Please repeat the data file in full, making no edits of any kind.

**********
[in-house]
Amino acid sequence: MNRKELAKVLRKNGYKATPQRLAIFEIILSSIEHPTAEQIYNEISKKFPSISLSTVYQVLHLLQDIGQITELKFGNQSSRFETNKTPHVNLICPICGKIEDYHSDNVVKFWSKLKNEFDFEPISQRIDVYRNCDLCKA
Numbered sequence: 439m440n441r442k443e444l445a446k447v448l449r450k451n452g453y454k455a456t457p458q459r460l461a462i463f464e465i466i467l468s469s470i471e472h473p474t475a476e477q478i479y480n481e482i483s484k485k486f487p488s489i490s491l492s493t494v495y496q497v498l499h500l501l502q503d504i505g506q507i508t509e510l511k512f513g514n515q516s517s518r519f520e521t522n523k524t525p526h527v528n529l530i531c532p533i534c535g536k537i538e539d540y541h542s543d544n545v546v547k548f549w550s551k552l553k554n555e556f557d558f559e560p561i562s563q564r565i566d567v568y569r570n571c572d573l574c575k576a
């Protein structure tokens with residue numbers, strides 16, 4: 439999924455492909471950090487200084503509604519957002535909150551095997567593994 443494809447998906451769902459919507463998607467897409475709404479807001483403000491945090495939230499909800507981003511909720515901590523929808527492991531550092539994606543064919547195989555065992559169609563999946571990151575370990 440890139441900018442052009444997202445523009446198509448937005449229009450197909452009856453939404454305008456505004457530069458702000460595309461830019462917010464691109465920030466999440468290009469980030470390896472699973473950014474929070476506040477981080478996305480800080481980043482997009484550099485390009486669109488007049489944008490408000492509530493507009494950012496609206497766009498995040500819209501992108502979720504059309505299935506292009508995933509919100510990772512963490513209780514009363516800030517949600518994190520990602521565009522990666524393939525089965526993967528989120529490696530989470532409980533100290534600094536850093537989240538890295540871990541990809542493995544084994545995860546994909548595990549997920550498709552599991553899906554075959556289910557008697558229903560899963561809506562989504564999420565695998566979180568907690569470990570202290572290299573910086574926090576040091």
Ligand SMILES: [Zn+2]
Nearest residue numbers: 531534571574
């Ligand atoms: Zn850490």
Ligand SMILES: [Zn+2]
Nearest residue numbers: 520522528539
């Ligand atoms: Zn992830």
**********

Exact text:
[in-house]
Amino acid sequence: MNRKELAKVLRKNGYKATPQRLAIFEIILSSIEHPTAEQIYNEISKKFPSISLSTVYQVLHLLQDIGQITELKFGNQSSRFETNKTPHVNLICPICGKIEDYHSDNVVKFWSKLKNEFDFEPISQRIDVYRNCDLCKA
Numbered sequence: 439m440n441r442k443e444l445a446k447v448l449r450k451n452g453y454k455a456t457p458q459r460l461a462i463f464e465i466i467l468s469s470i471e472h473p474t475a476e477q478i479y480n481e482i483s484k485k486f487p488s489i490s491l492s493t494v495y496q497v498l499h500l501l502q503d504i505g506q507i508t509e510l511k512f513g514n515q516s517s518r519f520e521t522n523k524t525p526h527v528n529l530i531c532p533i534c535g536k537i538e539d540y541h542s543d544n545v546v547k548f549w550s551k552l553k554n555e556f557d558f559e560p561i562s563q564r565i566d567v568y569r570n571c572d573l574c575k576a
């Protein structure tokens with residue numbers, strides 16, 4: 439999924455492909471950090487200084503509604519957002535909150551095997567593994 443494809447998906451769902459919507463998607467897409475709404479807001483403000491945090495939230499909800507981003511909720515901590523929808527492991531550092539994606543064919547195989555065992559169609563999946571990151575370990 440890139441900018442052009444997202445523009446198509448937005449229009450197909452009856453939404454305008456505004457530069458702000460595309461830019462917010464691109465920030466999440468290009469980030470390896472699973473950014474929070476506040477981080478996305480800080481980043482997009484550099485390009486669109488007049489944008490408000492509530493507009494950012496609206497766009498995040500819209501992108502979720504059309505299935506292009508995933509919100510990772512963490513209780514009363516800030517949600518994190520990602521565009522990666524393939525089965526993967528989120529490696530989470532409980533100290534600094536850093537989240538890295540871990541990809542493995544084994545995860546994909548595990549997920550498709552599991553899906554075959556289910557008697558229903560899963561809506562989504564999420565695998566979180568907690569470990570202290572290299573910086574926090576040091």
Ligand SMILES: [Zn+2]
Nearest residue numbers: 531534571574
């Ligand atoms: Zn850490």
Ligand SMILES: [Zn+2]
Nearest residue numbers: 520522528539
């Ligand atoms: Zn992830």